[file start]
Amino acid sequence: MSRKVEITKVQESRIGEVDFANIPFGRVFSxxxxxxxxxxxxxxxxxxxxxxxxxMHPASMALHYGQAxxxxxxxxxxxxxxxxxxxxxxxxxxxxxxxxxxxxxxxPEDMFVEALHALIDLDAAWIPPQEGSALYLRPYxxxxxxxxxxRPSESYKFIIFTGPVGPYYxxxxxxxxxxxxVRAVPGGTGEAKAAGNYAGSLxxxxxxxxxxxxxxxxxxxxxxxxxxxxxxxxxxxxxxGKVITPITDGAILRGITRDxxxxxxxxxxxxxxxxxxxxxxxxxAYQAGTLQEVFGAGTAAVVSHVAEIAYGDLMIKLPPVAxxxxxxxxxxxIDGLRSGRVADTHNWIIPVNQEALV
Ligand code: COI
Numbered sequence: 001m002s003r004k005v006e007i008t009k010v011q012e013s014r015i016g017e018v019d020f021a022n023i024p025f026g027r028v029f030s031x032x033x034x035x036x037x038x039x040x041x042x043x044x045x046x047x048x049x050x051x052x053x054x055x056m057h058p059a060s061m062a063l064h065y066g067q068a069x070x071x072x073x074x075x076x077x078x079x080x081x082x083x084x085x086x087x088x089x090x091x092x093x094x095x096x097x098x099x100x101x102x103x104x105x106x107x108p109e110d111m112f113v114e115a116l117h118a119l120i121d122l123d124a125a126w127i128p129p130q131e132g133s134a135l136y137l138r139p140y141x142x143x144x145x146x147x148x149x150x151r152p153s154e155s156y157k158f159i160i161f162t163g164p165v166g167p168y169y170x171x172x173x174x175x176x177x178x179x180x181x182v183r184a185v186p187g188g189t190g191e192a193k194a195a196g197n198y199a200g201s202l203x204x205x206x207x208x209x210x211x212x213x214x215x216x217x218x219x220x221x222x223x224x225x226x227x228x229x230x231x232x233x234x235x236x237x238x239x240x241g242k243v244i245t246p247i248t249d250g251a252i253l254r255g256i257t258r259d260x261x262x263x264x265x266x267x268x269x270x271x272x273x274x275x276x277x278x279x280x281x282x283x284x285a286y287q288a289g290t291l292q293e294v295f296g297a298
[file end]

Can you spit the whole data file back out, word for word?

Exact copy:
Amino acid sequence: MSRKVEITKVQESRIGEVDFANIPFGRVFSxxxxxxxxxxxxxxxxxxxxxxxxxMHPASMALHYGQAxxxxxxxxxxxxxxxxxxxxxxxxxxxxxxxxxxxxxxxPEDMFVEALHALIDLDAAWIPPQEGSALYLRPYxxxxxxxxxxRPSESYKFIIFTGPVGPYYxxxxxxxxxxxxVRAVPGGTGEAKAAGNYAGSLxxxxxxxxxxxxxxxxxxxxxxxxxxxxxxxxxxxxxxGKVITPITDGAILRGITRDxxxxxxxxxxxxxxxxxxxxxxxxxAYQAGTLQEVFGAGTAAVVSHVAEIAYGDLMIKLPPVAxxxxxxxxxxxIDGLRSGRVADTHNWIIPVNQEALV
Ligand code: COI
Numbered sequence: 001m002s003r004k005v006e007i008t009k010v011q012e013s014r015i016g017e018v019d020f021a022n023i024p025f026g027r028v029f030s031x032x033x034x035x036x037x038x039x040x041x042x043x044x045x046x047x048x049x050x051x052x053x054x055x056m057h058p059a060s061m062a063l064h065y066g067q068a069x070x071x072x073x074x075x076x077x078x079x080x081x082x083x084x085x086x087x088x089x090x091x092x093x094x095x096x097x098x099x100x101x102x103x104x105x106x107x108p109e110d111m112f113v114e115a116l117h118a119l120i121d122l123d124a125a126w127i128p129p130q131e132g133s134a135l136y137l138r139p140y141x142x143x144x145x146x147x148x149x150x151r152p153s154e155s156y157k158f159i160i161f162t163g164p165v166g167p168y169y170x171x172x173x174x175x176x177x178x179x180x181x182v183r184a185v186p187g188g189t190g191e192a193k194a195a196g197n198y199a200g201s202l203x204x205x206x207x208x209x210x211x212x213x214x215x216x217x218x219x220x221x222x223x224x225x226x227x228x229x230x231x232x233x234x235x236x237x238x239x240x241g242k243v244i245t246p247i248t249d250g251a252i253l254r255g256i257t258r259d260x261x262x263x264x265x266x267x268x269x270x271x272x273x274x275x276x277x278x279x280x281x282x283x284x285a286y287q288a289g290t291l292q293e294v295f296g297a298